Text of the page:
Global Politics

Why Europeans are baffled about the shutdown in Washington

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Credit: Kevin Lamarque/Reuters

US Capitol

In most places around the world, governments only shut down after revolutions, military defeats or natural disasters. The Assad regime in Syria has managed to pay its bills and employees, even while fighting a civil war.

When Belgium was without a new government for over 500 days after an inconclusive election, the national administration didn’t shut down, everybody continued to be paid, no national museum had to close.

So it's natural that heads are being scratched abroad. How could this happen to the world’s only superpower, simply because one political party disagrees with a law that has already been adopted?

“That leaders of one of the most powerful nations on earth willingly provoked a crisis that suspends public services and decreases economic growth is astonishing to many,” reports Anthony Zurcher for BBC News

“America’s financial crisis becomes the NeverEnding Story,” writes Sebastian Fischer in Germany’s Der Spiegel: “A world power is blocking itself.”

The Frankfurter Allgemeine Zeitung compares the shutdown in Washington to the aftermath of Germany’s federal election. “Should the current negotiations to form a coalition drag on, Germany could be without a budget in 2014. Our public administration would continue without causing too much attention... a shutdown in Germany would be impossible,” the paper assures its readers.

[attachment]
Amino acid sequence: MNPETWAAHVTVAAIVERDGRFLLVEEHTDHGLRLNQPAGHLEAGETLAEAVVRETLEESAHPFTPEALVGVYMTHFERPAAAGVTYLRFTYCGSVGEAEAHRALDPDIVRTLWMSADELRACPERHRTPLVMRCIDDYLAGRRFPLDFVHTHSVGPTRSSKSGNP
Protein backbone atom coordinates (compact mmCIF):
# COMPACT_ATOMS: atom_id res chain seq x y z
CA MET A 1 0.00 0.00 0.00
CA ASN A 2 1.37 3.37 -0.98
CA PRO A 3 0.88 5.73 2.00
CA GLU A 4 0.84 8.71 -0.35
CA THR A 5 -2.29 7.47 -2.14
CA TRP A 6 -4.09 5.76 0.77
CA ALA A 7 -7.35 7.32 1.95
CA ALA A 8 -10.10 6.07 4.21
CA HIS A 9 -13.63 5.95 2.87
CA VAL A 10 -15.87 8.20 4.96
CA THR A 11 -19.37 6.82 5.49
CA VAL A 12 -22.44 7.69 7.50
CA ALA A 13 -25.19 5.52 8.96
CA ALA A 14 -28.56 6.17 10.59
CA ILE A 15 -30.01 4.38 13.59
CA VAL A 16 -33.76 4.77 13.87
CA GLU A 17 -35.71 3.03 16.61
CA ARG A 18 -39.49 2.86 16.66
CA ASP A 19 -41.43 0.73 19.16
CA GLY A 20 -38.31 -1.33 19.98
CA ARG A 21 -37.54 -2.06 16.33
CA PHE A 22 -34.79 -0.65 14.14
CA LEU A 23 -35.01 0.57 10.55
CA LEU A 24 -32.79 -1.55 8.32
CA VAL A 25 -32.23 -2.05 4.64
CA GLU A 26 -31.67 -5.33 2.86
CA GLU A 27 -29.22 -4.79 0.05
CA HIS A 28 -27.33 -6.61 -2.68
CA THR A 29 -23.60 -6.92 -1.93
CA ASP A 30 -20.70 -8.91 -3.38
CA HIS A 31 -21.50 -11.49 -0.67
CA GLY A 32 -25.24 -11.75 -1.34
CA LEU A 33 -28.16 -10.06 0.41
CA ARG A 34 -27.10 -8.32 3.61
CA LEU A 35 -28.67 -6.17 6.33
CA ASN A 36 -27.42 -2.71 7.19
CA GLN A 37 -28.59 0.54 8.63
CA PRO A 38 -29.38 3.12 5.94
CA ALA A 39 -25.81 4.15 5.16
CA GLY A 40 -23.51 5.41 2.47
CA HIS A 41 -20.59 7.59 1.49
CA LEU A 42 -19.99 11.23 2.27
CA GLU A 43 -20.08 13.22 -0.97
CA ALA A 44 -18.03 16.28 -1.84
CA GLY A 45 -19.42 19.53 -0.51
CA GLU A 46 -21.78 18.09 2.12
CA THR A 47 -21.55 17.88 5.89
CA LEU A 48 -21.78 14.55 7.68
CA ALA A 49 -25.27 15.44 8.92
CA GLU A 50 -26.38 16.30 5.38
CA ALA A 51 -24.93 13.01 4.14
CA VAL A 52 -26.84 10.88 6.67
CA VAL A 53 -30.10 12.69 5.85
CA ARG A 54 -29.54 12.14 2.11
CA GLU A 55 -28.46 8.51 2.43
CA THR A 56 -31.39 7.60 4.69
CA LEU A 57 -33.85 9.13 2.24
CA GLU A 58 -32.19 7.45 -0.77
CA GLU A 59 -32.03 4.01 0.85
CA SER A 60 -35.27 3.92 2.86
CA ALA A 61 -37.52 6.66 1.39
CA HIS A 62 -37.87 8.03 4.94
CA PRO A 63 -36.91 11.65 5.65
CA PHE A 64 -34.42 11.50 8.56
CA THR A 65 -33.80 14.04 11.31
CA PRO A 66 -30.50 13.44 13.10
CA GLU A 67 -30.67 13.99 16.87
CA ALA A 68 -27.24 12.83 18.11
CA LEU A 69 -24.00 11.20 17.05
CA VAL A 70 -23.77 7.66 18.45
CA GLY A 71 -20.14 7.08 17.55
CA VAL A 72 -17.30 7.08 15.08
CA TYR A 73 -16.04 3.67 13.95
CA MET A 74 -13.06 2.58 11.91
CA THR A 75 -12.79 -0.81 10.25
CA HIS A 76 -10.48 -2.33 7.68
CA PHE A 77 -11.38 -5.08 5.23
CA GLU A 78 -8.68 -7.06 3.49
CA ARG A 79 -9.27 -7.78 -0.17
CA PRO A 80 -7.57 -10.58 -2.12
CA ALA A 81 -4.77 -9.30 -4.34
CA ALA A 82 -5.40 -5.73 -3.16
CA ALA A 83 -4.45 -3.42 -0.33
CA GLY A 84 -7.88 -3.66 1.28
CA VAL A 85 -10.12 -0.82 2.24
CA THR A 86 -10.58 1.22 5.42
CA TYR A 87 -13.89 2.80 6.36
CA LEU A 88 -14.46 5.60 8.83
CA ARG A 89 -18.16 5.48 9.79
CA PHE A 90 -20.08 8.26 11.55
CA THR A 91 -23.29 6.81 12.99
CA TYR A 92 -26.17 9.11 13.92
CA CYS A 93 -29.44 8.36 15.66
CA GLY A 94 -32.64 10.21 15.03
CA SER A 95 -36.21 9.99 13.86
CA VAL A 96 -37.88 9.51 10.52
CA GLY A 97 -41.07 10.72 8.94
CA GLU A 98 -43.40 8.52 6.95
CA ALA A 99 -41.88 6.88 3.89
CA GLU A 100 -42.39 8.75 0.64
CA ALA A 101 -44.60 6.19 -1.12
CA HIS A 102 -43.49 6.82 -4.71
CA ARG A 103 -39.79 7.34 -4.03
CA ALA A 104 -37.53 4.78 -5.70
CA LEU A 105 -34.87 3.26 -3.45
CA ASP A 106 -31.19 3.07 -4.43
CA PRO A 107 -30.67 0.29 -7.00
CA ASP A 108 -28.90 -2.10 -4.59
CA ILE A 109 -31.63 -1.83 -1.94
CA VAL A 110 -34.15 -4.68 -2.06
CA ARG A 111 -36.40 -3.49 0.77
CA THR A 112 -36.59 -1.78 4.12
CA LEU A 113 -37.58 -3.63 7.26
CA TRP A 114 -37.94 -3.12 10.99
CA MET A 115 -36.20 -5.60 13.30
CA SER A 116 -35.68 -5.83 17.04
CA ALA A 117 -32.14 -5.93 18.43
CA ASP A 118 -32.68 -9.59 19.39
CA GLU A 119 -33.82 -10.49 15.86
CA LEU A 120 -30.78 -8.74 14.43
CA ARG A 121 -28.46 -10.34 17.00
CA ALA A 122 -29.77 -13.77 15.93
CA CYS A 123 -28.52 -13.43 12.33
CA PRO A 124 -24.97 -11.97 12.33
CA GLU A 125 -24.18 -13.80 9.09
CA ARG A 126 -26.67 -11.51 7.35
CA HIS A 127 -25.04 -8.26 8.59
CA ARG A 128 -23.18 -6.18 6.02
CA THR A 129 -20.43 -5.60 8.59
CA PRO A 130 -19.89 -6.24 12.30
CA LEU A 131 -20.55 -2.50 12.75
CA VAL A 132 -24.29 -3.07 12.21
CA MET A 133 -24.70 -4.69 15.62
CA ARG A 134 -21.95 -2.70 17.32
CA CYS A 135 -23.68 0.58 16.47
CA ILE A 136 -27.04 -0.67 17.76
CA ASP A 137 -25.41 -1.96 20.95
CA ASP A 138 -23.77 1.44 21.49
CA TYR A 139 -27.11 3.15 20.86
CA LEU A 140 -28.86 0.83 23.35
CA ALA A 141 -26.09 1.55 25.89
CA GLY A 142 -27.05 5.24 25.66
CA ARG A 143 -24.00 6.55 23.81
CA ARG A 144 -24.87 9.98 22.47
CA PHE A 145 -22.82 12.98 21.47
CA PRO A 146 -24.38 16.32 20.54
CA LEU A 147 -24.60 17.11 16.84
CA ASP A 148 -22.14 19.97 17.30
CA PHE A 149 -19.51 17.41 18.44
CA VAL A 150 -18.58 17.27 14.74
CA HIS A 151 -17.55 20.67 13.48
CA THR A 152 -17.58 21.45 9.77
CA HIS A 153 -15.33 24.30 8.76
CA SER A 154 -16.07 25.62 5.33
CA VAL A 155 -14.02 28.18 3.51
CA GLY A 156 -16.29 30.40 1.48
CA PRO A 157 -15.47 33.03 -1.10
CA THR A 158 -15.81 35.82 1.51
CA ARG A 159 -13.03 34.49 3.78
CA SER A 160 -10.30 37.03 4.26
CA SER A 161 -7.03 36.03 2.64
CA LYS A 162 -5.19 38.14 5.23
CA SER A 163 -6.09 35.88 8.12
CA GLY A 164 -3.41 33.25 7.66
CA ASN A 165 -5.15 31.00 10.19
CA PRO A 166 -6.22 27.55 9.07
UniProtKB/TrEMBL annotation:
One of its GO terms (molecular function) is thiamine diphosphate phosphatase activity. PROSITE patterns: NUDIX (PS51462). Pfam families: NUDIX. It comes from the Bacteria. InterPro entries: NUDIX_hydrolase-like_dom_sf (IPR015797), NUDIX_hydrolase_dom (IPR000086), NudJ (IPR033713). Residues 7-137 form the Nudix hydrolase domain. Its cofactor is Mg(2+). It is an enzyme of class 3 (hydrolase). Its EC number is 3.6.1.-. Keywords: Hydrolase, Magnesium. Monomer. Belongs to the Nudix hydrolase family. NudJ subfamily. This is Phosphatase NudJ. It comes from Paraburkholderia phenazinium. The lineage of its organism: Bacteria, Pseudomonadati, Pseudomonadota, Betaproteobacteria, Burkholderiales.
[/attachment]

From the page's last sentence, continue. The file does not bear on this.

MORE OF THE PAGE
That's because in Germany, the federal government is constitutionally required to use funds to keep its agencies operational - even without a budget.

Both France’s Le Monde and Germany’s Süddeutsche Zeitung are trying to explain “le shutdown” to their readers with a short Q&A, while Britain’s Guardian looks at the economic consequences for the rest of the world:

“Any prolonged shutdown would rapidly start to hit US consumer spending, as hundreds of thousands of public sector workers are furloughed; and that will crimp America’s demand for imports from the rest of the world.”

Nicolas Richter notes in an op-ed on Sueddeutsche.de that “it’s easier at the moment for President Obama to talk with a Middle Eastern theocracy than with politicians meeting only a few blocks away from the White House.”

“To some extent, Obama’s opponents [in the tea party and Iran] are similar. Both regard themselves as revolutionaries and define themselves by resisting a stronger power,” says Richter.

The reaction on European financial markets has been modest so far. Despite the bad day on Wall Street Monday, European markets largely saw the shutdown coming and have been adjusting for it.

The question is now, how long will it last.

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